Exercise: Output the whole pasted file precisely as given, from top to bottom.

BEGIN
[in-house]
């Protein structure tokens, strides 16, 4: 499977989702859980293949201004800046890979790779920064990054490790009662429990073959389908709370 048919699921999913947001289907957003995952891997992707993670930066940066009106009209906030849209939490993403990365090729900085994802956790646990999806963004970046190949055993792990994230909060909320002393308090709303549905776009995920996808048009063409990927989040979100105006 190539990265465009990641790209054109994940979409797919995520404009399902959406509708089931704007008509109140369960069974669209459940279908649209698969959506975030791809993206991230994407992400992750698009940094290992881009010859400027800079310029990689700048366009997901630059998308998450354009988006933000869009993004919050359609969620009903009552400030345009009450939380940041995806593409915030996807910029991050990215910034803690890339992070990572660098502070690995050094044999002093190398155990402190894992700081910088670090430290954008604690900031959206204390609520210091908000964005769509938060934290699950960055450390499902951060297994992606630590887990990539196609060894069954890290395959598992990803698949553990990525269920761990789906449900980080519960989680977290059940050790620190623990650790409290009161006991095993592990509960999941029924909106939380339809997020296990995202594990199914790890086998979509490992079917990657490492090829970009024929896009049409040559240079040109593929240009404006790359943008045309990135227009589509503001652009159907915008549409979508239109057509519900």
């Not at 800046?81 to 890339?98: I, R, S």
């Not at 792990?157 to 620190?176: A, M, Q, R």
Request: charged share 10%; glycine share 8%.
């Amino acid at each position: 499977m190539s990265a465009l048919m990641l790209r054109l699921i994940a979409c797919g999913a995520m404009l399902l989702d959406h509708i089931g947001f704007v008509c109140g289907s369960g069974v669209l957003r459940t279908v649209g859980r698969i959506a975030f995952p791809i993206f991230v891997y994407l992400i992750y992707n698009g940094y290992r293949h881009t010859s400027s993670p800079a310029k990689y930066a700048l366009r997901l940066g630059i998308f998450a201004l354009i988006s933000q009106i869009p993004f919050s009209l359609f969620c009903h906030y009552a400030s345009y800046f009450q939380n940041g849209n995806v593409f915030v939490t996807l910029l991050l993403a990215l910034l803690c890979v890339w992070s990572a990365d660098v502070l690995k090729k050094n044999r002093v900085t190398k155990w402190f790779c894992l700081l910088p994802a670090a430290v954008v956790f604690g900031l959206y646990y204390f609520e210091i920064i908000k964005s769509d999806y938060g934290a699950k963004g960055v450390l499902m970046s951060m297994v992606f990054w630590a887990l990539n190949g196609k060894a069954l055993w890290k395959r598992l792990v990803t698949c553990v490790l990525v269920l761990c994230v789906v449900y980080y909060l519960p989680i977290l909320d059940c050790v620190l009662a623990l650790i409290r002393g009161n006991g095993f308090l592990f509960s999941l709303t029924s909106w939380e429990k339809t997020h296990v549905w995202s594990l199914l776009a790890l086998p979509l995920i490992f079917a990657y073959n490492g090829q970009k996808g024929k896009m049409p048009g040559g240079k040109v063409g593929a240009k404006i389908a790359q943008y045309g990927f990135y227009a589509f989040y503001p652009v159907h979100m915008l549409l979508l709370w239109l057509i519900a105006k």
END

[in-house]
């Protein structure tokens, strides 16, 4: 499977989702859980293949201004800046890979790779920064990054490790009662429990073959389908709370 048919699921999913947001289907957003995952891997992707993670930066940066009106009209906030849209939490993403990365090729900085994802956790646990999806963004970046190949055993792990994230909060909320002393308090709303549905776009995920996808048009063409990927989040979100105006 190539990265465009990641790209054109994940979409797919995520404009399902959406509708089931704007008509109140369960069974669209459940279908649209698969959506975030791809993206991230994407992400992750698009940094290992881009010859400027800079310029990689700048366009997901630059998308998450354009988006933000869009993004919050359609969620009903009552400030345009009450939380940041995806593409915030996807910029991050990215910034803690890339992070990572660098502070690995050094044999002093190398155990402190894992700081910088670090430290954008604690900031959206204390609520210091908000964005769509938060934290699950960055450390499902951060297994992606630590887990990539196609060894069954890290395959598992990803698949553990990525269920761990789906449900980080519960989680977290059940050790620190623990650790409290009161006991095993592990509960999941029924909106939380339809997020296990995202594990199914790890086998979509490992079917990657490492090829970009024929896009049409040559240079040109593929240009404006790359943008045309990135227009589509503001652009159907915008549409979508239109057509519900």
């Not at 800046?81 to 890339?98: I, R, S």
């Not at 792990?157 to 620190?176: A, M, Q, R």
Request: charged share 10%; glycine share 8%.
């Amino acid at each position: 499977m190539s990265a465009l048919m990641l790209r054109l699921i994940a979409c797919g999913a995520m404009l399902l989702d959406h509708i089931g947001f704007v008509c109140g289907s369960g069974v669209l957003r459940t279908v649209g859980r698969i959506a975030f995952p791809i993206f991230v891997y994407l992400i992750y992707n698009g940094y290992r293949h881009t010859s400027s993670p800079a310029k990689y930066a700048l366009r997901l940066g630059i998308f998450a201004l354009i988006s933000q009106i869009p993004f919050s009209l359609f969620c009903h906030y009552a400030s345009y800046f009450q939380n940041g849209n995806v593409f915030v939490t996807l910029l991050l993403a990215l910034l803690c890979v890339w992070s990572a990365d660098v502070l690995k090729k050094n044999r002093v900085t190398k155990w402190f790779c894992l700081l910088p994802a670090a430290v954008v956790f604690g900031l959206y646990y204390f609520e210091i920064i908000k964005s769509d999806y938060g934290a699950k963004g960055v450390l499902m970046s951060m297994v992606f990054w630590a887990l990539n190949g196609k060894a069954l055993w890290k395959r598992l792990v990803t698949c553990v490790l990525v269920l761990c994230v789906v449900y980080y909060l519960p989680i977290l909320d059940c050790v620190l009662a623990l650790i409290r002393g009161n006991g095993f308090l592990f509960s999941l709303t029924s909106w939380e429990k339809t997020h296990v549905w995202s594990l199914l776009a790890l086998p979509l995920i490992f079917a990657y073959n490492g090829q970009k996808g024929k896009m049409p048009g040559g240079k040109v063409g593929a240009k404006i389908a790359q943008y045309g990927f990135y227009a589509f989040y503001p652009v159907h979100m915008l549409l979508l709370w239109l057509i519900a105006k």